CDC analysis finds more Staph bloodstream infections in Blacks, Hispanics

Dialysis equipment

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People on dialysis for kidney disease are 100 times more likely to have Staphylococcus aureus bloodstream infections than other people, and, of this group, Black and Hispanic patients—who have disproportionately higher rates of end-stage kidney disease—have higher rates of bloodstream infections than their White counterparts, the US Centers for Disease Control and Prevention (CDC) said today in a new Vital Signs report.

The CDC said the findings point to a need for more equitable access to lower-risk vascular access types and other measures to prevent the infections. It added that dialysis comes with known risks, given that needles and catheters can introduce Staphylococcus into the bloodstream.

Infections, some of them resistant to commonly used antibiotics, can be serious or fatal.

40% higher risk in Hispanic patients

For their analysis of dialysis-related bloodstream infections, CDC researchers examined 2020 data from the National Healthcare Safety Network and data between 2017 and 2020 from the Emerging Infections Program. Of 14,822 infections, more than one-third were due to Staph, which was strongly associated with vascular access through a central venous catheter.

Staph rates were elevated in Black and Hispanic patients, with the highest risk in Hispanic people—40% higher than in White people.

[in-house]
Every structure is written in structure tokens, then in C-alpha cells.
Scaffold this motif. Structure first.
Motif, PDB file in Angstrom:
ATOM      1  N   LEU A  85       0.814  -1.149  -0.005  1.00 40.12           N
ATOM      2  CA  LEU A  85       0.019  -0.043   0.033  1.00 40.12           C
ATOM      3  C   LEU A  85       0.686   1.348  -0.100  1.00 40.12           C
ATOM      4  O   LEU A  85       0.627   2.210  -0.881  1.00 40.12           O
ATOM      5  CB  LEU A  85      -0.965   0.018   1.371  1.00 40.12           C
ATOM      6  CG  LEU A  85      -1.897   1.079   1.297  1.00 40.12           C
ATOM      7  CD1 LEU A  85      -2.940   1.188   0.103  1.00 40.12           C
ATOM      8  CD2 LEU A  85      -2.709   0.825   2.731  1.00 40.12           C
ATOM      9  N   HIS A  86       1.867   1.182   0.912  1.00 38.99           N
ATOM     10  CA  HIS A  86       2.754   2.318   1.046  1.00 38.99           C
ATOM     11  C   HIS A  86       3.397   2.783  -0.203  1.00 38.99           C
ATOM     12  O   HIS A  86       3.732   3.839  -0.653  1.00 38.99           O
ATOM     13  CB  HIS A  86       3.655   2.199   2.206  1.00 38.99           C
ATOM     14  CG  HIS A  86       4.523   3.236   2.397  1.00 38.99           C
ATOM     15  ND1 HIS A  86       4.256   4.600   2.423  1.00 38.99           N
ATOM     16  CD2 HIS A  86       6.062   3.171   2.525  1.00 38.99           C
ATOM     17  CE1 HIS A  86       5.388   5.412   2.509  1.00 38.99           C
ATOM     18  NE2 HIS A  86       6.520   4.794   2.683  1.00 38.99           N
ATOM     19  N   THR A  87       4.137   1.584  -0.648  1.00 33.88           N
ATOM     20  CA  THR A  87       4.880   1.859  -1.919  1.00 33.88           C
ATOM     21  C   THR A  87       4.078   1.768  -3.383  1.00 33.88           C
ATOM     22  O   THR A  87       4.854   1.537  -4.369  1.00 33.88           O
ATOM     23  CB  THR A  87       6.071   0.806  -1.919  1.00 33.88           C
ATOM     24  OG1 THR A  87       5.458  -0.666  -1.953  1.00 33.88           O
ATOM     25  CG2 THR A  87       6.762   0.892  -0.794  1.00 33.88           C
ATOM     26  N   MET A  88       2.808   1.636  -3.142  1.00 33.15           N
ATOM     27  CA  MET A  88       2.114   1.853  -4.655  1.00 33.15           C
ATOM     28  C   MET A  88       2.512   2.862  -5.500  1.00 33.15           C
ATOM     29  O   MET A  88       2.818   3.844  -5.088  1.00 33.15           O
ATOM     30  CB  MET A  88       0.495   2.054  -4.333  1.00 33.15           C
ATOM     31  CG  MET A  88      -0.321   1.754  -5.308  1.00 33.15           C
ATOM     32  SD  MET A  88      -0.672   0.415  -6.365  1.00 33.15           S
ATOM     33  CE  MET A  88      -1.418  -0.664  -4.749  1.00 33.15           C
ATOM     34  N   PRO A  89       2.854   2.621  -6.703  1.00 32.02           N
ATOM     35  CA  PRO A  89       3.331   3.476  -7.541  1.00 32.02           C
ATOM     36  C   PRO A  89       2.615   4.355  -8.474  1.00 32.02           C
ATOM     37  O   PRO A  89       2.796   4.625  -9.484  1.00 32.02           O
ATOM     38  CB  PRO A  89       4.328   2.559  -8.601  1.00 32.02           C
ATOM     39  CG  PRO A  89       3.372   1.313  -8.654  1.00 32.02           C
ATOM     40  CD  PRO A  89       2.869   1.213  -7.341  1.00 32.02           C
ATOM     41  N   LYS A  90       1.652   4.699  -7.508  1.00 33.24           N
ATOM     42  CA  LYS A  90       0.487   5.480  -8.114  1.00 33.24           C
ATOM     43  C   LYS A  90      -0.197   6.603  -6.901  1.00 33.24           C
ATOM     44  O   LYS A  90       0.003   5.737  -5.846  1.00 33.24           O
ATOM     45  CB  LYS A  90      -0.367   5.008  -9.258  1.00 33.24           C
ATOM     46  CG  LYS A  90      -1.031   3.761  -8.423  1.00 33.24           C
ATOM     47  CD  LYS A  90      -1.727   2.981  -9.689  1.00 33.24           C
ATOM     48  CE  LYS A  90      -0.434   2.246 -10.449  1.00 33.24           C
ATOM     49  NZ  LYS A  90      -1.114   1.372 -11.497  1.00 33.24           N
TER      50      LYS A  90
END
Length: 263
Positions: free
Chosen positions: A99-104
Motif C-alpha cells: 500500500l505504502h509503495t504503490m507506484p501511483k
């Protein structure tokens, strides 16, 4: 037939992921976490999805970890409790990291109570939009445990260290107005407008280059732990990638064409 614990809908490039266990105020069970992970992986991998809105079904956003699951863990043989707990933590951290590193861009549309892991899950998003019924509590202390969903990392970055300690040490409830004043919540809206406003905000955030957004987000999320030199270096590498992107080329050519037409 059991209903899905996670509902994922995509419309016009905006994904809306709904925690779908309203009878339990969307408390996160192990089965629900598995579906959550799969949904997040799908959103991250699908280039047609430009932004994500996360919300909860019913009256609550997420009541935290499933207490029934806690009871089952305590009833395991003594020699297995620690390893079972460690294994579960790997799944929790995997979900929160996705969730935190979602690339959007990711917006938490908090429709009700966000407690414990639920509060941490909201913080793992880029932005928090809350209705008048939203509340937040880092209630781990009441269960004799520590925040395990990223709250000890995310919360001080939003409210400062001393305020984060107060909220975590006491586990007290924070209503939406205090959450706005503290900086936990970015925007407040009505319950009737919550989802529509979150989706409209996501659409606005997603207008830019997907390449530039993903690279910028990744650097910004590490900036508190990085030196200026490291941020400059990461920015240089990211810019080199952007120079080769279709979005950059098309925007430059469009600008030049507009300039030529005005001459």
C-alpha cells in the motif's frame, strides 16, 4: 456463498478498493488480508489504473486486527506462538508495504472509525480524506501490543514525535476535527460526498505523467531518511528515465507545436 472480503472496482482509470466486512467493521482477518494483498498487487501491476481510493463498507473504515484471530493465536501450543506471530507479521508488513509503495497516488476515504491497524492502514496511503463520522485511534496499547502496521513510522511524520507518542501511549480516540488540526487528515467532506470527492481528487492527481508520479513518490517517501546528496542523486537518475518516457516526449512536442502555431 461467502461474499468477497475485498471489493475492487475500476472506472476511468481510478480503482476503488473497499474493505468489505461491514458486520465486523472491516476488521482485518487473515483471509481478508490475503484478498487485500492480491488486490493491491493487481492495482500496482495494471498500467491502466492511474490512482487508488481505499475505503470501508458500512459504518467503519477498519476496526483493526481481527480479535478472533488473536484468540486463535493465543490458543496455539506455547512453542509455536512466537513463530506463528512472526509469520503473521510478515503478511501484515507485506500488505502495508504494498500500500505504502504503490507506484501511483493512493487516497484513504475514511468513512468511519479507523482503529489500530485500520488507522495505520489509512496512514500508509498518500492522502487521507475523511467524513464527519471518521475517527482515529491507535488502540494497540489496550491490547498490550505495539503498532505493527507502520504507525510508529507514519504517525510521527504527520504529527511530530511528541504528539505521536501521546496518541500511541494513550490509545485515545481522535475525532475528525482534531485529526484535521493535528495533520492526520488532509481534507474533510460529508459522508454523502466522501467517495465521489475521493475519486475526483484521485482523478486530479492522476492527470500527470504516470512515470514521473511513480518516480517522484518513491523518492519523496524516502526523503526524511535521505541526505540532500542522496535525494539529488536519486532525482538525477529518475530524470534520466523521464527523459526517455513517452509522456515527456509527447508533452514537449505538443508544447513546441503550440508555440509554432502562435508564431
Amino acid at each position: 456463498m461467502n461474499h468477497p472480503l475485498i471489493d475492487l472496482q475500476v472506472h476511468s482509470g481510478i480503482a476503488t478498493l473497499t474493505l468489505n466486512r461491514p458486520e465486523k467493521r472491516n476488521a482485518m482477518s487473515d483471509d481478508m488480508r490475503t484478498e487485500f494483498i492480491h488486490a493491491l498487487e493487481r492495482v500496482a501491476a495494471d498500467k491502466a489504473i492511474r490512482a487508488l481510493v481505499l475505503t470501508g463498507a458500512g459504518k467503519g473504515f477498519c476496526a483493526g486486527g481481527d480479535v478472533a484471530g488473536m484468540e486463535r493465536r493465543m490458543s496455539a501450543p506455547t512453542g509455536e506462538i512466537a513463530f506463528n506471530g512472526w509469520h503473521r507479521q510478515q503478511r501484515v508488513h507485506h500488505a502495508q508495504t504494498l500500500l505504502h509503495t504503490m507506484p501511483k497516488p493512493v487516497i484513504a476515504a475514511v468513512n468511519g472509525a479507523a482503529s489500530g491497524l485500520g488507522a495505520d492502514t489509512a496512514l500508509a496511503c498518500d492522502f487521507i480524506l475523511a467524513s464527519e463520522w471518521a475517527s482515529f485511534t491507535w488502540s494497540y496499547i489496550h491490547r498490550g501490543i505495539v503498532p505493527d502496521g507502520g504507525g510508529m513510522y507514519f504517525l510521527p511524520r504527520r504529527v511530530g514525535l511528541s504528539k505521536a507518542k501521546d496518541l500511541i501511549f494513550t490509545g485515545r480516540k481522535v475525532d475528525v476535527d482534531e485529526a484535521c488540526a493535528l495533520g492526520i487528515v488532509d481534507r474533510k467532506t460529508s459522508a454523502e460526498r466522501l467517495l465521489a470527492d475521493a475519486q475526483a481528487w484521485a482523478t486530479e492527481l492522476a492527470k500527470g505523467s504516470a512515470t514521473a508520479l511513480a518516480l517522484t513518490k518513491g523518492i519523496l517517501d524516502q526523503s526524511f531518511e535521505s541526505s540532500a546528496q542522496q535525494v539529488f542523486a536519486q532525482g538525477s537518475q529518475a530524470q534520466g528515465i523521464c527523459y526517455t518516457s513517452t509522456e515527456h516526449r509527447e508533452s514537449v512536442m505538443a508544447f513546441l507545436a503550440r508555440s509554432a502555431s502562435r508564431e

Black patients had a 10% higher risk, but that rate failed to reach statistical significance, according to a Morbidity and Mortality Weekly Report (MMWR) paper outlining the findings. Black people, however, make up 40% of all people receiving dialysis even though they constitute only 12% of the US population. So a small increased risk can have an outsized impact.

The risk was also higher in those ages 18 to 49 years old. In addition, the team found that Staph bloodstream infections were higher in settings of poverty, household crowding, and lower education, hinting that factors other than race and ethnicity play roles.

Vascular access type matters

Debra Houry, MD, MPH, the CDC's chief medical officer, said in a media statement that preventing Staph infections by detecting kidney disease early can help prevent or delay the need for dialysis.

She added, "Healthcare providers can promote preventative practices, including methods to manage diabetes and high blood pressure, as well as providing education on treatment options among all patients and particularly those at greatest risk, to slow the progression of chronic kidney disease."

Another key step is to more equitably promote lower-risk access types, Shannon Novosad, MD, MPH, the CDC's dialysis safety team lead, said. "Our data show that use of a central venous catheter as a vascular access type had six times higher risk for staph bloodstream infections when compared to the lowest-risk access, a fistula."

Use of a central venous catheter as a vascular access type had six times higher risk for staph bloodstream infections when compared to the lowest-risk access, a fistula.

The CDC pointed out that bloodstream infections in dialysis patients, overall, have declined since 2014 owing to broad use of infection control practices. "Regardless," the study authors conclude in the MMWR report, "education and implementation of established best practices to prevent bloodstream infections are critical to protecting the entire hemodialysis patient community, including those most at risk."

The CDC uses its Vital Signs reports to address key health threats and measures to drive down illness rates.

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